Earlier this year, I learned there was something called Earth Overshoot Day. It marks the date when humanity’s demand for resources (food, energy sources, trees, etc.) and services in a given year exceeds what Earth can regenerate in that year.
In 2019, Earth Overshoot Day fell on July 29. This means that on July 30 we started using natural resources our planet cannot regenerate in a year.
Honestly, it’s not a pleasant thought to know that we actually need almost two planets to support us the way we are living right now.
The Earth Overshoot Day website also breaks the data by countries, and that’s even more depressing.
If everyone lived as they do in Qatar, we would reach the Overshoot Day on February 11.
If we lived like Americans, we would reach the Overshoot Day on March 15.
Canada’s way of consuming natural resources is only slightly better, if we modeled the world after them, the Overshoot Day would be on March 18.
If the whole world lived as we do in Poland, we would reach the Overshoot Day on May 15. The United Kingdom isn’t a much better model, with May 17 as the Overshoot Day if everybody lived like the Brits.
Right now we have the best chance of saving the planet if we modeled our resource consumption after Niger or Myanmar (December 25), or Kyrgyzstan (December 26). But let’s be honest, I don’t see that happening any time soon.
Thankfully, there is a number of things we can do to #movethedate and make sure next year the Overshoot Day will come later in the year.
And if you think you’re not part of the problem, I encourage you to go to footprint calculator and check your personal Overshoot Day. Mine, much to my shame, is July 17.
Even if I’m trying to be optimistic and tell myself that I just estimated my answers wrong, it still means that my Overshoot Day would fall way before December rolls around.
Food demand makes up 26% of the global Ecological Footprint.
And that checks out since my diet is the biggest reason why my personal Overshoot Day is so early. I need to eliminate more meat out of my diet, as well as cheese (even though cheese is so good, guys!). On the plus side, I’ve been getting much better at planning my meals out and eliminating food waste. My local municipality also introduced biowaste containers and so a lot of my food waste is hopefully going to a compost center and not a landfill. Then again, looking at the Polish Ecological Footprint… Who knows…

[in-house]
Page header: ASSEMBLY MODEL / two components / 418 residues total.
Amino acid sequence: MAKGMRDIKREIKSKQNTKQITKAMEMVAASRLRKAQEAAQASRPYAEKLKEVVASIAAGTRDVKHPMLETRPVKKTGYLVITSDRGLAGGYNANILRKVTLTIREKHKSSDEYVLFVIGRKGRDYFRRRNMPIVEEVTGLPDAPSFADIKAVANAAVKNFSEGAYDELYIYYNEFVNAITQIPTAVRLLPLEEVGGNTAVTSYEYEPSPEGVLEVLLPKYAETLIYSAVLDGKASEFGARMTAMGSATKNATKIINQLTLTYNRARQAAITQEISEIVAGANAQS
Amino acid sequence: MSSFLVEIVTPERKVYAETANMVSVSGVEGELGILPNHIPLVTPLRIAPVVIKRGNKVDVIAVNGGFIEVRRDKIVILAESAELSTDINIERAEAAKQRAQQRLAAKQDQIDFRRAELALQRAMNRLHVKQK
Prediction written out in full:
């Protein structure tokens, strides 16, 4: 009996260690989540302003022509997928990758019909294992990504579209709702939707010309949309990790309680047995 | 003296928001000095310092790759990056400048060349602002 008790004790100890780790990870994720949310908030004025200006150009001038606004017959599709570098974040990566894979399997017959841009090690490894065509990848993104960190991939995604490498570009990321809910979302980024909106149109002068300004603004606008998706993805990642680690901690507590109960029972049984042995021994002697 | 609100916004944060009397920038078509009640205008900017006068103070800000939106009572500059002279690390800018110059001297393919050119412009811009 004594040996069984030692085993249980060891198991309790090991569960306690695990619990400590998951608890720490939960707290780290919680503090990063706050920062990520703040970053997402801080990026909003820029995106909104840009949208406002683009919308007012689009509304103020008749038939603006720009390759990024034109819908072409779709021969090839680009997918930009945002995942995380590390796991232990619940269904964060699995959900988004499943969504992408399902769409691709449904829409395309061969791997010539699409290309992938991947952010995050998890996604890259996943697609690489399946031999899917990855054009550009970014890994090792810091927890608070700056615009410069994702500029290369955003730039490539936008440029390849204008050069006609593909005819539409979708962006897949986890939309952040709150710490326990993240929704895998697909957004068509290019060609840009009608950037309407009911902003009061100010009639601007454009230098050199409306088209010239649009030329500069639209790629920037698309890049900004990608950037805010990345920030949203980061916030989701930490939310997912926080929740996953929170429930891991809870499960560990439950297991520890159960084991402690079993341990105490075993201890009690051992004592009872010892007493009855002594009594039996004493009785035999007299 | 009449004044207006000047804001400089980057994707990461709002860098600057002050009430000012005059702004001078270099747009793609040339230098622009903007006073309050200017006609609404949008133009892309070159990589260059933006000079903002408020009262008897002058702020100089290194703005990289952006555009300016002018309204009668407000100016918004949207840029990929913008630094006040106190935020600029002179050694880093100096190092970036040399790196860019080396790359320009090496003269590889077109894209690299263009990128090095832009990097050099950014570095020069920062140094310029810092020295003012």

In the United States, an estimated 40% of the food goes to waste. That’s the equivalent of the total Ecological Footprint of Peru and Sweden combined, or the total biocapacity of Germany.
One target of UN Sustainable Development Goal 12 Sustainable Consumption and Production is to halve per capita global food waste at the retail and consumer levels and reduce food losses along production and supply chains, including post-harvest losses, by 2030.
If we cut food waste in half worldwide, we would move Overshoot Day by 10 days.
If we reduced global meat consumption by 50% and replaced these calories through a vegetarian diet, we would move Overshoot Day 15 days (10 days are from methane emissions).
Here’s a number I didn’t expect: Between 70% and 80% of all people are expected to live in urban areas by 2050. Which means that how we get around could make or break us.
Transport around town (mostly to and from work) is one of my strongest results. We can trams in Krakow that run on electricity (in addition to buses) and they are my primary way of getting around. I don’t own a car and I don’t intend on changing that, ever.
We really should invest more in sustainable public transport. If we reduce our Footprint from driving by 50% around the world and assume one-third of car miles are replaced by public transportation and the rest by biking and walking, Earth Overshoot Day would move back 11.5 days.
Which brings me to:
Reducing the carbon component of humanity’s Ecological Footprint by 50% would move Earth Overshoot Day by 93 days, or more than three months. Such a drastic change is due to the fact that carbon footprint accounts for 60% of humanity’s Ecological Footprint.
My own energy provider (with a practical monopoly in Poland) only gets 11% of the energy from renewable sources and over 70% from coal. You could say there’s room for improvement.
Meanwhile, existing off-the-shelf, commercial technologies for buildings, industrial processes, and electricity production could move Overshoot Day at least 21 days, without any loss in productivity or comfort, according to an analysis by researchers from Global Footprint Network and Schneider Electric.
There is so much that can be done to save the planet and move the Earth Overshoot Day back, giving us more time and not completely depleting the planet’s resources. You know how the saying goes: where there’s a will, there’s a way.
All we need is the will to make a change.